All About Periods

Understanding Your Pre-menstrual Syndrome (PMS)

PMS. If you’re a girl, this is very familiar to you. But how much do you know about it? In this article we’ll be talking about what PMS is, its symptoms, what causes PMS, and how you can manage it.

What is PMS?

Pre-menstrual Syndrome or PMS is a clinically proven group of symptoms linked to the menstrual cycle. These symptoms are prevalent in menstruating women, and is different to each and every woman in terms of duration, intensity, and consistency of the symptom.


Are There Any Symptoms to PMS?

Yes, there can be both physical, and behavioural & emotional symptoms.

Physical Symptoms Behavioural & Emotional Symptoms
  • Abdominal Bloating
  • Acne
  • Backaches
  • Breast tenderness
  • Constipation
  • Cramps
  • Diarrhoea
  • Fatigue
  • Headache
  • Joint Pain
  • Muscle Pain
  • Nausea
  • Weight Gain
  • Anxiety
  • Appetite Changes
  • Binge Eating
  • Crying Spells
  • Depression
  • Insomnia
  • Irritability
  • Mood Swings
  • Panic Attacks
  • Poor Concentration
  • Social Withdrawal
  • Trouble with concentration
  • Trouble with memory

What Causes PMS?

There are various factors that play a role in bringing about these significant PMS symptoms.

1) Change in Hormonal System

menstrual cycle, testosterone, oestrogen, progesterone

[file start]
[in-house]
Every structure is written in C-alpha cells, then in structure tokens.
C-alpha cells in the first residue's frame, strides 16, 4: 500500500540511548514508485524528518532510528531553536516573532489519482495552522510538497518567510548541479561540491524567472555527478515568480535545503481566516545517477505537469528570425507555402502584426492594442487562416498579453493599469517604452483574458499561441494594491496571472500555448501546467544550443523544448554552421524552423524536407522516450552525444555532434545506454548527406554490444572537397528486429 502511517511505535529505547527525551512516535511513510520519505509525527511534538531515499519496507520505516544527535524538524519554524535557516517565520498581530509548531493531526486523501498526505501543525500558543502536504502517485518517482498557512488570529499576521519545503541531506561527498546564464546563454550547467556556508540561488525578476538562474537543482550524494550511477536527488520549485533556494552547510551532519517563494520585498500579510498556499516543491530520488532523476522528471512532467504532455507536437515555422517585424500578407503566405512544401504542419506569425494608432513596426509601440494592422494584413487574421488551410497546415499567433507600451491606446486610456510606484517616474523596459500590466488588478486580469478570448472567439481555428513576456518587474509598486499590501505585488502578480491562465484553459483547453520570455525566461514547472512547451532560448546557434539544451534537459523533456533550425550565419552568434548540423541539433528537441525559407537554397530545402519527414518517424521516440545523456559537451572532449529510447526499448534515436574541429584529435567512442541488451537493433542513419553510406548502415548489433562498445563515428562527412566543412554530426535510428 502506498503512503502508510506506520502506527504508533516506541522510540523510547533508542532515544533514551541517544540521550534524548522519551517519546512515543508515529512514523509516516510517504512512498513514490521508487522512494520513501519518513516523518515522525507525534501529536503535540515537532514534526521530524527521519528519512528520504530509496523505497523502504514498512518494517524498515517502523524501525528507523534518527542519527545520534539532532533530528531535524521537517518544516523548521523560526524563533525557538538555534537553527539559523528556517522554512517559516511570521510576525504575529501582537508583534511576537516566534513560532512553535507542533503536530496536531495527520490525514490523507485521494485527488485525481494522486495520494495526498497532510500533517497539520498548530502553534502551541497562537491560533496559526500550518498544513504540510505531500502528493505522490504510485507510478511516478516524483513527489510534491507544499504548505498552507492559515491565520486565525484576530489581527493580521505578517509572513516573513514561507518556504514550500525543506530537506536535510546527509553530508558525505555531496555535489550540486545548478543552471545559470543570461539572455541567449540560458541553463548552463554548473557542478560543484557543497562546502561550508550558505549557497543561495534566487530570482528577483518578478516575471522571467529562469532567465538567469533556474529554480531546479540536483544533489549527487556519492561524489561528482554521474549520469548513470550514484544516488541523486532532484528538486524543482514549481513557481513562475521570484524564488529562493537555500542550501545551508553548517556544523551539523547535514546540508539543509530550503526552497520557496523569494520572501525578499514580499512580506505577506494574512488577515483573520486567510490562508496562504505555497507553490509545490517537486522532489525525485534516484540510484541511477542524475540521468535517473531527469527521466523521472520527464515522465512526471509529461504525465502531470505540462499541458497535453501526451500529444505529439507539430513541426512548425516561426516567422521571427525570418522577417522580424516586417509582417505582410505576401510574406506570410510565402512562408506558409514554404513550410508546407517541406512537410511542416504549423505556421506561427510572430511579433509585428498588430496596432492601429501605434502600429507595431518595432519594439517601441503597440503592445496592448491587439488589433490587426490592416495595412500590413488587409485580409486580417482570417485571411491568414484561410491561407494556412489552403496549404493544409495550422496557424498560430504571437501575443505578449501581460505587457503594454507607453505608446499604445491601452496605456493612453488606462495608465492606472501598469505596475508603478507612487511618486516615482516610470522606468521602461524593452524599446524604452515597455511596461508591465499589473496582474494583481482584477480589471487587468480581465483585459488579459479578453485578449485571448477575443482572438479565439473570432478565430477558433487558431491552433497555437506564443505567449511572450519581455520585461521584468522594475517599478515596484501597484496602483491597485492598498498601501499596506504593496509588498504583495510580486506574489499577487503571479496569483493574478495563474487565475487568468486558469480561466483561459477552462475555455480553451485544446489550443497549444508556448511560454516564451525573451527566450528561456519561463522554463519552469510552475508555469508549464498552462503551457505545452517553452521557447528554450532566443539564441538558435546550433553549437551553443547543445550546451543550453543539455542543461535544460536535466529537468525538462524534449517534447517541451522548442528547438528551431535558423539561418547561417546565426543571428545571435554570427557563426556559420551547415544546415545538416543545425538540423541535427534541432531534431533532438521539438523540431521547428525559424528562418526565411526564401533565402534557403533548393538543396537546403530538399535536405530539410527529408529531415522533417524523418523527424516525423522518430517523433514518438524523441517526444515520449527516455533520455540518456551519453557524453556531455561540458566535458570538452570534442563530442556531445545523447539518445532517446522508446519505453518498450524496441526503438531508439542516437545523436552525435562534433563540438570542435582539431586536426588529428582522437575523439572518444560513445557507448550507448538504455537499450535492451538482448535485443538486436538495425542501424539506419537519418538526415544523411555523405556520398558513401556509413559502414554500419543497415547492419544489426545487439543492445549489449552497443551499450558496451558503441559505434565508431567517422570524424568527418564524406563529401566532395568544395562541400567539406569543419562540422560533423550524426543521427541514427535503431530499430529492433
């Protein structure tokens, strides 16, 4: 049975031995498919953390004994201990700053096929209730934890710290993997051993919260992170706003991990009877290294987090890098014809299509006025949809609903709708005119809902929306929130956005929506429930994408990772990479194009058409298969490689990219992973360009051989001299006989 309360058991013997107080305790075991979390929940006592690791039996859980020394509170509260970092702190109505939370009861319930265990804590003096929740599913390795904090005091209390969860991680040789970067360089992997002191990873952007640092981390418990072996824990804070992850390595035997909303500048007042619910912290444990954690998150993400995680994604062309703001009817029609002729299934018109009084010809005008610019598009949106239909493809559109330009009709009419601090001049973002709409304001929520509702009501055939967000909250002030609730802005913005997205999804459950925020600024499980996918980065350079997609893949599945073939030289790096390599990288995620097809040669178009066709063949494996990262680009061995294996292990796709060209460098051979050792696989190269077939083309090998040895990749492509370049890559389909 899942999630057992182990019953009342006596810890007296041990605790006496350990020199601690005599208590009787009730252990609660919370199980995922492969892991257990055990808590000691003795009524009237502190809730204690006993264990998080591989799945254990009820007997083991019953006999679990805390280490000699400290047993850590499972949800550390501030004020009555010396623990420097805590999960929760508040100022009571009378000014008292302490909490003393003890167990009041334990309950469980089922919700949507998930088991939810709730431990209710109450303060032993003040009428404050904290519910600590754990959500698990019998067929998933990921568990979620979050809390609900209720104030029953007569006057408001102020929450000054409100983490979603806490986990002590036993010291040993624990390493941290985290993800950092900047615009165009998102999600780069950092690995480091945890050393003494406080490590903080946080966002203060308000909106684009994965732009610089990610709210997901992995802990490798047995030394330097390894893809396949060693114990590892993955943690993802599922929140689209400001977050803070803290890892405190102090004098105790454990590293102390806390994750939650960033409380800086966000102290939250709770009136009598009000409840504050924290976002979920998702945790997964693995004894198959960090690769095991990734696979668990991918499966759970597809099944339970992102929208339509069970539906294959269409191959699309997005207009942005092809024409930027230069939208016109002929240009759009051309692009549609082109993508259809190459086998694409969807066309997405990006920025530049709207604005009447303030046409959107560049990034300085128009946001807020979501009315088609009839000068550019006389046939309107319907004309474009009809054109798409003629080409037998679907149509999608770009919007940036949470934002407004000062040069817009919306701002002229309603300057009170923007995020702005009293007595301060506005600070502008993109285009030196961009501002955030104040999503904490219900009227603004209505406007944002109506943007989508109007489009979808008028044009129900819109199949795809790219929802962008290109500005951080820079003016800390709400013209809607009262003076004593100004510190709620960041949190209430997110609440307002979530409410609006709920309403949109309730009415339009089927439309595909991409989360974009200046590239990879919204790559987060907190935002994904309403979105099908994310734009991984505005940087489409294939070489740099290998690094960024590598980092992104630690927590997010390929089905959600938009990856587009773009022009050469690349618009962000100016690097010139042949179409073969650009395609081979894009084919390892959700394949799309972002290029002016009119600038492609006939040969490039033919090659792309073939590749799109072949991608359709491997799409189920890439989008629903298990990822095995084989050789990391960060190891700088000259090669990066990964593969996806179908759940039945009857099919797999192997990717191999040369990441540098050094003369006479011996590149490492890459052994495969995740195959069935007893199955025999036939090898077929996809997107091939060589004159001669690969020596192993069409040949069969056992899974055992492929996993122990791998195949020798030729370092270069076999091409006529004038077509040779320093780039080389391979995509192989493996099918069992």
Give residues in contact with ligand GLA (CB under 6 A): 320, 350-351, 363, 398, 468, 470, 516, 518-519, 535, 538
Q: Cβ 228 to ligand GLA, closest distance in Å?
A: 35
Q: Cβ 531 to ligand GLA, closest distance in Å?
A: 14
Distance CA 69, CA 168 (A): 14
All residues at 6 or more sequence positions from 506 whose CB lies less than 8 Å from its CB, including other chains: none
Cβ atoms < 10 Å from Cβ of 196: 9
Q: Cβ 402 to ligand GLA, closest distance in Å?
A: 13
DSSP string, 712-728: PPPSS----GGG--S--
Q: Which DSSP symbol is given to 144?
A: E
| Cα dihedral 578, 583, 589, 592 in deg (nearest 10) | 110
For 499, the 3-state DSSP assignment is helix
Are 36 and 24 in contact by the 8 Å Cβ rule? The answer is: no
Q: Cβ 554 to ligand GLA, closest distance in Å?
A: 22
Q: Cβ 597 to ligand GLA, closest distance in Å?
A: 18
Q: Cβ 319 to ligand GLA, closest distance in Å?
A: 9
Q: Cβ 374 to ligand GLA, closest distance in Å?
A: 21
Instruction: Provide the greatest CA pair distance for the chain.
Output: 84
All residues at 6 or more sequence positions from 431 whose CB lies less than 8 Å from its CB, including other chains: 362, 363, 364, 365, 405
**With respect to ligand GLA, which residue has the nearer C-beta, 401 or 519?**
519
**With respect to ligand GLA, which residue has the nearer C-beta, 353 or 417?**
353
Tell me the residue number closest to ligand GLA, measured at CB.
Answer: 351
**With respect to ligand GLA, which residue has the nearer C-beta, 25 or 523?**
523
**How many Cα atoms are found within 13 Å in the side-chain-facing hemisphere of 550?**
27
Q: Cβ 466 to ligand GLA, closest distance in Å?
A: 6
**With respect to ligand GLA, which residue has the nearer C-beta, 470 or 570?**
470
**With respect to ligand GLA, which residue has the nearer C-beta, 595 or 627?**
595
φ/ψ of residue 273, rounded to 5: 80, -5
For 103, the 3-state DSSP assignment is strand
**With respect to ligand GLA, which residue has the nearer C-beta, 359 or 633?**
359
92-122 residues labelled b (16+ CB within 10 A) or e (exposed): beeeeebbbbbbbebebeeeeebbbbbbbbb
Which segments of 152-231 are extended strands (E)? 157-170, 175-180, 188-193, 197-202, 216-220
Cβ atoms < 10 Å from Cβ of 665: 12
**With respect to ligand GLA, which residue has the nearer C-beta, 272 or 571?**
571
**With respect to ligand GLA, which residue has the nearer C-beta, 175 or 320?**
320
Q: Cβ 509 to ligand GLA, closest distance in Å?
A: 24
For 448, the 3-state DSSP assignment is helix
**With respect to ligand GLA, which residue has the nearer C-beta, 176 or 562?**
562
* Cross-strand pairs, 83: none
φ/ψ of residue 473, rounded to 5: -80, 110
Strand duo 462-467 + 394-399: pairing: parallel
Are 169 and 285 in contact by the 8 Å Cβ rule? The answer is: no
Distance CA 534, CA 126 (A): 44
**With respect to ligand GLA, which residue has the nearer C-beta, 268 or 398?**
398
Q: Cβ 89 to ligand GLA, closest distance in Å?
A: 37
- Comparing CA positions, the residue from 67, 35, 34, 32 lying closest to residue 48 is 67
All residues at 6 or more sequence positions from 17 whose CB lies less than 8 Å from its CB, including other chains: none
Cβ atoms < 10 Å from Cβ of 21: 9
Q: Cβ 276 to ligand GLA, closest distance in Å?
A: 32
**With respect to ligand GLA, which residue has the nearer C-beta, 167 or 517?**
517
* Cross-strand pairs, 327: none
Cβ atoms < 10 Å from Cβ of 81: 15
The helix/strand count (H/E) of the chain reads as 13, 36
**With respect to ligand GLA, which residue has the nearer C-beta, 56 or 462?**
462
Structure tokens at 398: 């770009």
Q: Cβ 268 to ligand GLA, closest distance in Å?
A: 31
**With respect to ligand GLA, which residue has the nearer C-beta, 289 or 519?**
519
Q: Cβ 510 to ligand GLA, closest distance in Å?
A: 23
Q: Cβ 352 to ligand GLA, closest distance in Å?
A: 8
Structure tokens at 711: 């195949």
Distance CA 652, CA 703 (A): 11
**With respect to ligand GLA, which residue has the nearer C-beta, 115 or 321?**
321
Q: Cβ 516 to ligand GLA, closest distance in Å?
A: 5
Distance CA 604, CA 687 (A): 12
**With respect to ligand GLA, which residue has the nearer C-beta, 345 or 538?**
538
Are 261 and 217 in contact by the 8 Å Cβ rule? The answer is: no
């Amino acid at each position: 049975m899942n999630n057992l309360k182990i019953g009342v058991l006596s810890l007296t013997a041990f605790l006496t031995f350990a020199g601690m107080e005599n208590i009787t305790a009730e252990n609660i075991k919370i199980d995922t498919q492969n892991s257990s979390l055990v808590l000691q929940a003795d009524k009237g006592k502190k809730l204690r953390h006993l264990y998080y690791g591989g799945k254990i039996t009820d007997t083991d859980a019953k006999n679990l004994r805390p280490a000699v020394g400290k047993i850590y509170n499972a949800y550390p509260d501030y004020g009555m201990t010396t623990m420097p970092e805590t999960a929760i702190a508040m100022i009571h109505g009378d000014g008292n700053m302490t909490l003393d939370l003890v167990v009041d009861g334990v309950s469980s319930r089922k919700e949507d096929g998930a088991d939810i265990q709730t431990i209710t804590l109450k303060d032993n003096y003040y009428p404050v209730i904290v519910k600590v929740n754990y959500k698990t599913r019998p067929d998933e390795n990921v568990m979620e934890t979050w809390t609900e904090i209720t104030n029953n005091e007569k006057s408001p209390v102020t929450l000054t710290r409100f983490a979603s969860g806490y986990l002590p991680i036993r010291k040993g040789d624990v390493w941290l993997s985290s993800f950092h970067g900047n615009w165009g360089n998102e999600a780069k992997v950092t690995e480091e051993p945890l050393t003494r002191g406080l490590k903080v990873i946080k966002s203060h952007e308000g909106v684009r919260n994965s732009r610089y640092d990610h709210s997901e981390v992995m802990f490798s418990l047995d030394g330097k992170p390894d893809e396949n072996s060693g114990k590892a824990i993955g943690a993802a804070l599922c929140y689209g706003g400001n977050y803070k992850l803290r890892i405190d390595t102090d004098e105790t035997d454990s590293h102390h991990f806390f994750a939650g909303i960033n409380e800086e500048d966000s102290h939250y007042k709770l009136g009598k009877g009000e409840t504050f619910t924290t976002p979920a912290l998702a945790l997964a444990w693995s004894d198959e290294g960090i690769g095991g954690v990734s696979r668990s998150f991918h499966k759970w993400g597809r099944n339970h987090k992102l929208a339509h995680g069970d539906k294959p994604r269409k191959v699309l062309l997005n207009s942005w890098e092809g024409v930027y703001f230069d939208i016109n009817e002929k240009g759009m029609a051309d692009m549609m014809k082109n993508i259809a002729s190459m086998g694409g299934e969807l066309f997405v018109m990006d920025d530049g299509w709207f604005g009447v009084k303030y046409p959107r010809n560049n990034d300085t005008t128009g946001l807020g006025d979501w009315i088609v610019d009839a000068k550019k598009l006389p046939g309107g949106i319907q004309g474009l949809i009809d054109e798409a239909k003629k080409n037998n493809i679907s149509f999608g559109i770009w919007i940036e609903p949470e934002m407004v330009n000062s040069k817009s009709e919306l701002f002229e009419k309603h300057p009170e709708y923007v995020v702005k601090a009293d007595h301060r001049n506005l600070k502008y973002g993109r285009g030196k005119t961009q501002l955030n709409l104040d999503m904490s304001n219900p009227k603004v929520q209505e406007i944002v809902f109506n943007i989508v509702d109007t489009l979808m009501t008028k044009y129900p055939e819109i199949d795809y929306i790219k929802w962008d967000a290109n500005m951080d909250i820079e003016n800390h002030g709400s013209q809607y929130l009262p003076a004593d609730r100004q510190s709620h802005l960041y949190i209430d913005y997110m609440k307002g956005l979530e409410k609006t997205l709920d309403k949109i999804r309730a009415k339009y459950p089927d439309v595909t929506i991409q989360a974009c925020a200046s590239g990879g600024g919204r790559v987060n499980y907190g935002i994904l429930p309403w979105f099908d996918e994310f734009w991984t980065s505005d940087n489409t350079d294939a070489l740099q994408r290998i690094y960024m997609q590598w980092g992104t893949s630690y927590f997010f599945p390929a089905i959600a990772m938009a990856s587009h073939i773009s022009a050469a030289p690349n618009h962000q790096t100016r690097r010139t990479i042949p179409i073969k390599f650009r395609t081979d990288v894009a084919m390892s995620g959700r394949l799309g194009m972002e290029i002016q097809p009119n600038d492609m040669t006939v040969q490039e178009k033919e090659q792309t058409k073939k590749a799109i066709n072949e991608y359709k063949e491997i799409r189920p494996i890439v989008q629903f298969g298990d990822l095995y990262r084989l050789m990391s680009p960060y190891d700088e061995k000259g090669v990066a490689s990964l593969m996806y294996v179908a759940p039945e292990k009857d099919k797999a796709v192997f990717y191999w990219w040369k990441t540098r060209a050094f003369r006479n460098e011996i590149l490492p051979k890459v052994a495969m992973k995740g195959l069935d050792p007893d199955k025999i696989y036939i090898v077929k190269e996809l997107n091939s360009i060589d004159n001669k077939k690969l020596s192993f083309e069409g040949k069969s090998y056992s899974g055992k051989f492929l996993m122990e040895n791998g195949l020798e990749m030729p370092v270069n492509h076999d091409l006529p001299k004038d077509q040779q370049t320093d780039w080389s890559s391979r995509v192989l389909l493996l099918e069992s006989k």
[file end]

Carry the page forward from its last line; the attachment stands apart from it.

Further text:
Photo credits: Women In Balance

PMS is primarily caused by the change (usually an increase) in our estrogen to progesterone ratio. These hormones change throughout the menstrual cycle, including testosterone levels!

2) Change in Neurotransmitter Response

The hypothalamus and pituitary glands (in the endocrine system), send signals throughout the body regarding the release of progesterone and estrogen (and the change in their ratio). When estrogen level surpasses the progesterone level, there is in an increase in cortisol – which affects the level of progesterone; leading to increased mood swings, food cravings and anxiety.

3) Change in Sodium Metabolism Rate

During various phases in the menstrual cycle, women tend to retain water in their bodies (even if we reduce salt intake). This constant retention of water causes abdominal bloating; causing nausea, constipation and diarrhoea.

4) Change in Nutritional Requirement

Due to the constant blood loss from the body, women tend to lose nutrients faster, resulting in nutritional deficiencies – Iron, Calcium, Magnesium, Potassium, Zinc, Vitamin A, Vitamin B6, Vitamin C & Vitamin E are few of the significant nutritions.


When Does PMS Stop?

In the short run, PMS will usually stop when your monthly periods stops.

In the long term, PMS will eradicate in most women when they go through menopause. However, just before you hit menopause, you may experience this phase called perimenopause, whose symptoms are quite similar to that of PMS. So, there really is no point on focusing when it ends, but learning how to manage it instead.

How Can I Manage My PMS?

There are several ways in which you can manage your PMS. From natural remedies to medication, it really depends from person to person, and the severity of the PMS symptoms. You can check out our 7 common symptoms of PMS and how to manage them article for some ideas!

However, since PMS is something that girls experience most of their lives, we’d recommend sticking to natural ways to manage your symptoms if you can help it.

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